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Group calls for harsher penalties for those who hurt animals

Animal advocates in Central New York are calling for harsher penalties for those who abuse or neglect animals, including jail time and an animal abuser registry, after a dog was left to die in a hot car at the New York State Fair earlier this month.

Animal advocates in Central New York are calling for harsher penalties for those who abuse or neglect animals, including jail time and an animal abuser registry, after a dog was left to die in a hot car at the New York State Fair earlier this month.

— The registry would be similar to the state’s sex offender registry, in that it would require those convicted of abusing animals to register with the division of criminal justice services. In addition, those who have been convicted of abusing and torturing animals would also have to undergo a required psychiatric evaluation and would be banned from ever owning pets again.

The registry legislation passed the New York State Senate, where it was sponsored by Ball, but failed to make it through the Assembly, where the bill was sponsored by Jim Tedisco (R,C,I-Glenville). Now Ball is circulating a petition asking state residents to support his bill.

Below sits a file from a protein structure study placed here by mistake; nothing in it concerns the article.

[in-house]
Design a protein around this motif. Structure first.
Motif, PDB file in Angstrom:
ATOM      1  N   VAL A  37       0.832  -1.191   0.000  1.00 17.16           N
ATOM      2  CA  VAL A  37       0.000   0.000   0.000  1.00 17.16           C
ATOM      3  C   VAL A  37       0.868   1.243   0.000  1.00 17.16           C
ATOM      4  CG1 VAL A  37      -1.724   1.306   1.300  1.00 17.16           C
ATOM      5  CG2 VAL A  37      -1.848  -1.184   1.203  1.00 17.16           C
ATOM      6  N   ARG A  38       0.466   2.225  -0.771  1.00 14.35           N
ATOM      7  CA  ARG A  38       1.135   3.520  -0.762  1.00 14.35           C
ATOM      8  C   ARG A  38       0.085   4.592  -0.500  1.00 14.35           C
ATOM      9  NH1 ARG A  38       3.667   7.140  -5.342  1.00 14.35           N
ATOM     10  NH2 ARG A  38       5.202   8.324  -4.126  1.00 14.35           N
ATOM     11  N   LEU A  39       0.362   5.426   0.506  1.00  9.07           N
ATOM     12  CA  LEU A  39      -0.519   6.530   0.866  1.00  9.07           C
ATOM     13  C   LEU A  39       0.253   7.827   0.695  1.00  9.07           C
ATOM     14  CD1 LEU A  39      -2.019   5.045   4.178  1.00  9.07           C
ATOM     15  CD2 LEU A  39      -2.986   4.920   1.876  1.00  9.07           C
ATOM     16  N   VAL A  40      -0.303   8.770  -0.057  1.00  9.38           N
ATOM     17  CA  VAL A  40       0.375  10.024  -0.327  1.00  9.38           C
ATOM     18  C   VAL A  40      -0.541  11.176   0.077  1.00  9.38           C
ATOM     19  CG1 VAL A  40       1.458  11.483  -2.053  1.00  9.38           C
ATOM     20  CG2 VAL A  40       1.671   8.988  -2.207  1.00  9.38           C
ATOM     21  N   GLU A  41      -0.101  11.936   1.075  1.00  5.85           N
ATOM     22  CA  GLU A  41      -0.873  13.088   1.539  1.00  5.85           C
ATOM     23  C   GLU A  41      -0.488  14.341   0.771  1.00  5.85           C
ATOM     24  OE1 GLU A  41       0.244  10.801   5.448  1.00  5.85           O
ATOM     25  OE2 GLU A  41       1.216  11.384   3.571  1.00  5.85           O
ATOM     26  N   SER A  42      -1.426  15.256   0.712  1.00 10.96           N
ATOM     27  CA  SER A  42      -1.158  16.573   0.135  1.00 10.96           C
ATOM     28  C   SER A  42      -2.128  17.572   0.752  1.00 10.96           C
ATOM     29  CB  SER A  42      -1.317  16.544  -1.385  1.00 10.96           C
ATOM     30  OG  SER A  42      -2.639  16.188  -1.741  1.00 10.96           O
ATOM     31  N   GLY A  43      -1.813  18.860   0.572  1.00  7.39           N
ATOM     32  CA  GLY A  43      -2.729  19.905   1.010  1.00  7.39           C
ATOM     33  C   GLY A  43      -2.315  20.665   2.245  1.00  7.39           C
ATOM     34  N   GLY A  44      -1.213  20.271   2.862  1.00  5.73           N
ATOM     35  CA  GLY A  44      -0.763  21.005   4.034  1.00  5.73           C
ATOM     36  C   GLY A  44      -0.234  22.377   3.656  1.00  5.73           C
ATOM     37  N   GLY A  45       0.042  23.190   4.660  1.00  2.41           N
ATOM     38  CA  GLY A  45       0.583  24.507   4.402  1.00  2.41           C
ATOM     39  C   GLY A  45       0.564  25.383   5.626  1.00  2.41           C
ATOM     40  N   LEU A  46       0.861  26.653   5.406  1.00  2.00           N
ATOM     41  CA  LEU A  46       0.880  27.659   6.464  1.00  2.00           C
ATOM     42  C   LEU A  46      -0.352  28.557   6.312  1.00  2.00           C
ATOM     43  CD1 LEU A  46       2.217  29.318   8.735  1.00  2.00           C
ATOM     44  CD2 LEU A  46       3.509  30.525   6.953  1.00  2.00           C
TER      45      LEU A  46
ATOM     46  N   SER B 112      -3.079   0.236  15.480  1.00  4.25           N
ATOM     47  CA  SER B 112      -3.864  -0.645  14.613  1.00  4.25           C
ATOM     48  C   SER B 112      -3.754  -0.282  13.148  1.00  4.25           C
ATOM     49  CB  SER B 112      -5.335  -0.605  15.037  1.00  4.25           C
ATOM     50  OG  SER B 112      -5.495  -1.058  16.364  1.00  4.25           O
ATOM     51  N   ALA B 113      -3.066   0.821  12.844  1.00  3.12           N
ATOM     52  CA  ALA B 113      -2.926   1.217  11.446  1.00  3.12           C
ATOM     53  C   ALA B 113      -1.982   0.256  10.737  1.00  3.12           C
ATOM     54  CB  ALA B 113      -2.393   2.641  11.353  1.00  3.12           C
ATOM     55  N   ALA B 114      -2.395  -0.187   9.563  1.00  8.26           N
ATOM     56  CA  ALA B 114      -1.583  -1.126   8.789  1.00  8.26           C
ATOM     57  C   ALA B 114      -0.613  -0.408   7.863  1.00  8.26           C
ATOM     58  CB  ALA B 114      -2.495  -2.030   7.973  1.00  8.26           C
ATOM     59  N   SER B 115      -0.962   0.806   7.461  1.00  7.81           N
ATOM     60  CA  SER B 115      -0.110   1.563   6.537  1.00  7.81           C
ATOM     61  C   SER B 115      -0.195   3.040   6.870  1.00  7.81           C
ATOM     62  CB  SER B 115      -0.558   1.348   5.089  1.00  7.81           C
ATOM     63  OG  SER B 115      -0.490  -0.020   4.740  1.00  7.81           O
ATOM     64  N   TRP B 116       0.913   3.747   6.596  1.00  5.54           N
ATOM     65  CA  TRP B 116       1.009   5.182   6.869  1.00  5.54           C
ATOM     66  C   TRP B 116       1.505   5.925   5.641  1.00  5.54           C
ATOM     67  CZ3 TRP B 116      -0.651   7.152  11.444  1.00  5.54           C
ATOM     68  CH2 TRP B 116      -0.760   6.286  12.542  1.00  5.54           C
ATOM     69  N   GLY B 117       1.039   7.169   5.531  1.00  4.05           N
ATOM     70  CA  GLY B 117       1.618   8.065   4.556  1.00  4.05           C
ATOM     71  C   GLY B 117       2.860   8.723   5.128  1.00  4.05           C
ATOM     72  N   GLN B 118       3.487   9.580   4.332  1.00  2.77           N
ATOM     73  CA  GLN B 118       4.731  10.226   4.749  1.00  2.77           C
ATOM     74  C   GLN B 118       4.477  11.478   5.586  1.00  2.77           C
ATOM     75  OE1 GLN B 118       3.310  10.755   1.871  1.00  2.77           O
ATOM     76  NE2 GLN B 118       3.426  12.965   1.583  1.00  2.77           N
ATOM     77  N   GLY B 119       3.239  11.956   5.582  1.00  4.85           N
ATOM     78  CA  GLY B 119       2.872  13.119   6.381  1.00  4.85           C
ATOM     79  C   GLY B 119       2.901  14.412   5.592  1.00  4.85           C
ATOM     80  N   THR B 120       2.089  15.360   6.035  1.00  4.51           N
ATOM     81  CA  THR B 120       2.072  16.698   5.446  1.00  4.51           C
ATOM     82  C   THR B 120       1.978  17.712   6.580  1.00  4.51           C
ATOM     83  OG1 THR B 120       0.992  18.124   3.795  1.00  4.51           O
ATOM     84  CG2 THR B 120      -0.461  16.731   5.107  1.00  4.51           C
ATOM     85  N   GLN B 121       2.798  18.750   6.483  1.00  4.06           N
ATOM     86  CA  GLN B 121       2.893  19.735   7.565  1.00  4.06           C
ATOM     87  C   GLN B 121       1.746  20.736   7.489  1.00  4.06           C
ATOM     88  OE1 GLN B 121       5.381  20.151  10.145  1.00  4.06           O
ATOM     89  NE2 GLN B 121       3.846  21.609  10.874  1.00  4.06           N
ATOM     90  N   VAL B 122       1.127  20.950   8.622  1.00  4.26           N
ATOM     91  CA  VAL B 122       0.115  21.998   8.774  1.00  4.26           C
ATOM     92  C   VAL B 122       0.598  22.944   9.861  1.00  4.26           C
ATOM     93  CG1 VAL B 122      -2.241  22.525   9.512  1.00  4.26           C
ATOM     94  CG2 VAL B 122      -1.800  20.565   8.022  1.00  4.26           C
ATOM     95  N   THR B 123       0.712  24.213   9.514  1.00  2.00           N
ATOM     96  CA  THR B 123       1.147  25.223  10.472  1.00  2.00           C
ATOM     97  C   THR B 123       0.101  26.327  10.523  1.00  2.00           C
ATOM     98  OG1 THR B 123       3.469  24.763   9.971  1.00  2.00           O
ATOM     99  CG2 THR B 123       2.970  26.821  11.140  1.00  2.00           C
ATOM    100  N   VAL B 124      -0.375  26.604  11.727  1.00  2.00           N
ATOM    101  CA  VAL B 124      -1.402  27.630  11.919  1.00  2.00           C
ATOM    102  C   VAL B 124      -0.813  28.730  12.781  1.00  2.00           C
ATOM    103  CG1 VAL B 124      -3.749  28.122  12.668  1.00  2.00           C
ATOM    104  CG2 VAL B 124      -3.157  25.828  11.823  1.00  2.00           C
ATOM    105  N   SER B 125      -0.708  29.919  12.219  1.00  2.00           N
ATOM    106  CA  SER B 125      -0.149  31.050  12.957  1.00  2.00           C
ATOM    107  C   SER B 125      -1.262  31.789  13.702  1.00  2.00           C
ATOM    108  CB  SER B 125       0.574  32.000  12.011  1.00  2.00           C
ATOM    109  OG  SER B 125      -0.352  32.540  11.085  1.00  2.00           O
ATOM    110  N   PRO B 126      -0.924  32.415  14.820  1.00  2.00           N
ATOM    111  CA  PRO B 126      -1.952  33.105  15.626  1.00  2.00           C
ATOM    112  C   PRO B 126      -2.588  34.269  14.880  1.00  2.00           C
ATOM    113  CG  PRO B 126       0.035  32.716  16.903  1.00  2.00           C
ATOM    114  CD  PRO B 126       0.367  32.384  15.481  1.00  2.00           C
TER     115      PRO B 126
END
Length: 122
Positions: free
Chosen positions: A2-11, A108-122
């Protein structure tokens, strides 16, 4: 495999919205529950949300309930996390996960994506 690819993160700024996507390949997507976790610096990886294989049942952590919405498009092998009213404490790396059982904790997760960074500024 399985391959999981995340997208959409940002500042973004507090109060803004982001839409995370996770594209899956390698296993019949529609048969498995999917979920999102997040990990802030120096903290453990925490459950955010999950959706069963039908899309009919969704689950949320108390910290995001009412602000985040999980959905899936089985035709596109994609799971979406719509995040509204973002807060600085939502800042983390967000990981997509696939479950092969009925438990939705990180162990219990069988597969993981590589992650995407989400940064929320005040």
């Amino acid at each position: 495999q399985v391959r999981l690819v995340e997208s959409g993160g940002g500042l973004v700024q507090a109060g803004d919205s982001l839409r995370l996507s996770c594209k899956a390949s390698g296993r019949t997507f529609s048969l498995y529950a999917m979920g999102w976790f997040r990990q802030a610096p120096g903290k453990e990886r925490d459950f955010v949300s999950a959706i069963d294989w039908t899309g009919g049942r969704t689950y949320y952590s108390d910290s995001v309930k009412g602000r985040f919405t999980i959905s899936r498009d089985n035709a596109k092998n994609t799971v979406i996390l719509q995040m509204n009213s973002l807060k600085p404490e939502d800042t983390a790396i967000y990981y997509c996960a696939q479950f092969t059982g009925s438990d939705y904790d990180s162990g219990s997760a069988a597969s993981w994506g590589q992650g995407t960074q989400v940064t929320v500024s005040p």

While Camp and his group think the state registry is a step in the right direction, they think it needs to go even further.

“There needs to be a national registry for animal abusers [similar to] the registry [that exists] for sex offenders,” Camp said. “These people need to be on a list where the public [and] law enforcement can make sure they never own an animal again.”

Camp’s group is also demanding harsher penalties of those convicted of animal-related crimes, instead of a “slap on the wrist.” Currently, the New York State Agriculture and Markets Law prohibits “the [confinement] of a companion animal in a motor vehicle in extreme heat or cold without proper ventilation from such extreme temperatures where such confinement places the companion animal in imminent danger of death or serious physical injury due to exposure to such extreme heat or cold.” If the owner of the car can’t be located, an officer of the law can remove the animal from the vehicle by any means necessary and taken to a shelter or SPCA. The animal’s owner will then be subject to a fine of anywhere from $50 to $250.

“The laws need to change,” Camp said. “The punishments, fines and jail time need to be increased drastically.”

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